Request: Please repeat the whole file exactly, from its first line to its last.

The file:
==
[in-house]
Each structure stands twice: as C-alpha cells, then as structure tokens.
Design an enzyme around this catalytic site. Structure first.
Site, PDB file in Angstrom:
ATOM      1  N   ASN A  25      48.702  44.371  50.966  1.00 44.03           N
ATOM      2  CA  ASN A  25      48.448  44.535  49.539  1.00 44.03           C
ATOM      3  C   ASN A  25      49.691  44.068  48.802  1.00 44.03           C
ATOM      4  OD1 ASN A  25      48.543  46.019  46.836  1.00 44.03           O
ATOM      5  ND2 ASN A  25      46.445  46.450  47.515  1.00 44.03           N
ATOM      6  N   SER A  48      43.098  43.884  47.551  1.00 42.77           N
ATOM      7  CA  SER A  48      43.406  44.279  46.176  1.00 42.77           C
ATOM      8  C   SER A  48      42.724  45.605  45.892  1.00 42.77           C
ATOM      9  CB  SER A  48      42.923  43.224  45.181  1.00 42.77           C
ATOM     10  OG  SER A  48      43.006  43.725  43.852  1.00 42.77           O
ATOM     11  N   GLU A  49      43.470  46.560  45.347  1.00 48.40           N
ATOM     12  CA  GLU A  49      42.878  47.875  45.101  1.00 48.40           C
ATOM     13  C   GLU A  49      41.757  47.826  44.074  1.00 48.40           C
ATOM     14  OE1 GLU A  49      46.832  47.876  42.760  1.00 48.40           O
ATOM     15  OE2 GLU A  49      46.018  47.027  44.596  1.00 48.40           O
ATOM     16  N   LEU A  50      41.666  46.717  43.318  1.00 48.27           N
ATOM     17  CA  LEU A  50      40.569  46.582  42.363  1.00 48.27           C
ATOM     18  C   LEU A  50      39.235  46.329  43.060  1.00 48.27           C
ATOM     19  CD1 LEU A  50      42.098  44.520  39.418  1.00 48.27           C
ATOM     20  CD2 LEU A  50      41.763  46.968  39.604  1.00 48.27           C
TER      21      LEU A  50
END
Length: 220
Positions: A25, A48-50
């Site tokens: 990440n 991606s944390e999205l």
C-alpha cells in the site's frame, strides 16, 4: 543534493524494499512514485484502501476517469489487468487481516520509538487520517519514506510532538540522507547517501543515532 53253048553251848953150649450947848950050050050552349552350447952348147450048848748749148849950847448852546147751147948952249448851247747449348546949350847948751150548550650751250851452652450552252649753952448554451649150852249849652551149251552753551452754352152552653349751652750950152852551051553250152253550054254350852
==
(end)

[in-house]
Each structure stands twice: as C-alpha cells, then as structure tokens.
Design an enzyme around this catalytic site. Structure first.
Site, PDB file in Angstrom:
ATOM      1  N   ASN A  25      48.702  44.371  50.966  1.00 44.03           N
ATOM      2  CA  ASN A  25      48.448  44.535  49.539  1.00 44.03           C
ATOM      3  C   ASN A  25      49.691  44.068  48.802  1.00 44.03           C
ATOM      4  OD1 ASN A  25      48.543  46.019  46.836  1.00 44.03           O
ATOM      5  ND2 ASN A  25      46.445  46.450  47.515  1.00 44.03           N
ATOM      6  N   SER A  48      43.098  43.884  47.551  1.00 42.77           N
ATOM      7  CA  SER A  48      43.406  44.279  46.176  1.00 42.77           C
ATOM      8  C   SER A  48      42.724  45.605  45.892  1.00 42.77           C
ATOM      9  CB  SER A  48      42.923  43.224  45.181  1.00 42.77           C
ATOM     10  OG  SER A  48      43.006  43.725  43.852  1.00 42.77           O
ATOM     11  N   GLU A  49      43.470  46.560  45.347  1.00 48.40           N
ATOM     12  CA  GLU A  49      42.878  47.875  45.101  1.00 48.40           C
ATOM     13  C   GLU A  49      41.757  47.826  44.074  1.00 48.40           C
ATOM     14  OE1 GLU A  49      46.832  47.876  42.760  1.00 48.40           O
ATOM     15  OE2 GLU A  49      46.018  47.027  44.596  1.00 48.40           O
ATOM     16  N   LEU A  50      41.666  46.717  43.318  1.00 48.27           N
ATOM     17  CA  LEU A  50      40.569  46.582  42.363  1.00 48.27           C
ATOM     18  C   LEU A  50      39.235  46.329  43.060  1.00 48.27           C
ATOM     19  CD1 LEU A  50      42.098  44.520  39.418  1.00 48.27           C
ATOM     20  CD2 LEU A  50      41.763  46.968  39.604  1.00 48.27           C
TER      21      LEU A  50
END
Length: 220
Positions: A25, A48-50
């Site tokens: 990440n 991606s944390e999205l």
C-alpha cells in the site's frame, strides 16, 4: 543534493524494499512514485484502501476517469489487468487481516520509538487520517519514506510532538540522507547517501543515532 53253048553251848953150649450947848950050050050552349552350447952348147450048848748749148849950847448852546147751147948952249448851247747449348546949350847948751150548550650751250851452652450552252649753952448554451649150852249849652551149251552753551452754352152552653349751652750950152852551051553250152253550054254350852